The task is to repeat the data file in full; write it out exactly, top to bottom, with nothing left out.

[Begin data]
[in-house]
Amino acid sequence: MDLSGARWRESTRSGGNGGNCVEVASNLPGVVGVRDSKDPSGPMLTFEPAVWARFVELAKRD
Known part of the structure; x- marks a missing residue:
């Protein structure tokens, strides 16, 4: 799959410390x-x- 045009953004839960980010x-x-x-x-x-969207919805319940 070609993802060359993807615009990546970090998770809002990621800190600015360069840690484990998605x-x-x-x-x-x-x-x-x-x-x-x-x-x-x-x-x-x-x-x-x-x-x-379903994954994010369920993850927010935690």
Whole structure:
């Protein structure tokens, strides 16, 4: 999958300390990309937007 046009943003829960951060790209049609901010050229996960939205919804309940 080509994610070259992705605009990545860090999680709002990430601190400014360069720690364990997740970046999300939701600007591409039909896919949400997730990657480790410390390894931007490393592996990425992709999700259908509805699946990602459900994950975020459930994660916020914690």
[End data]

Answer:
[in-house]
Amino acid sequence: MDLSGARWRESTRSGGNGGNCVEVASNLPGVVGVRDSKDPSGPMLTFEPAVWARFVELAKRD
Known part of the structure; x- marks a missing residue:
């Protein structure tokens, strides 16, 4: 799959410390x-x- 045009953004839960980010x-x-x-x-x-969207919805319940 070609993802060359993807615009990546970090998770809002990621800190600015360069840690484990998605x-x-x-x-x-x-x-x-x-x-x-x-x-x-x-x-x-x-x-x-x-x-x-379903994954994010369920993850927010935690």
Whole structure:
């Protein structure tokens, strides 16, 4: 999958300390990309937007 046009943003829960951060790209049609901010050229996960939205919804309940 080509994610070259992705605009990545860090999680709002990430601190400014360069720690364990997740970046999300939701600007591409039909896919949400997730990657480790410390390894931007490393592996990425992709999700259908509805699946990602459900994950975020459930994660916020914690």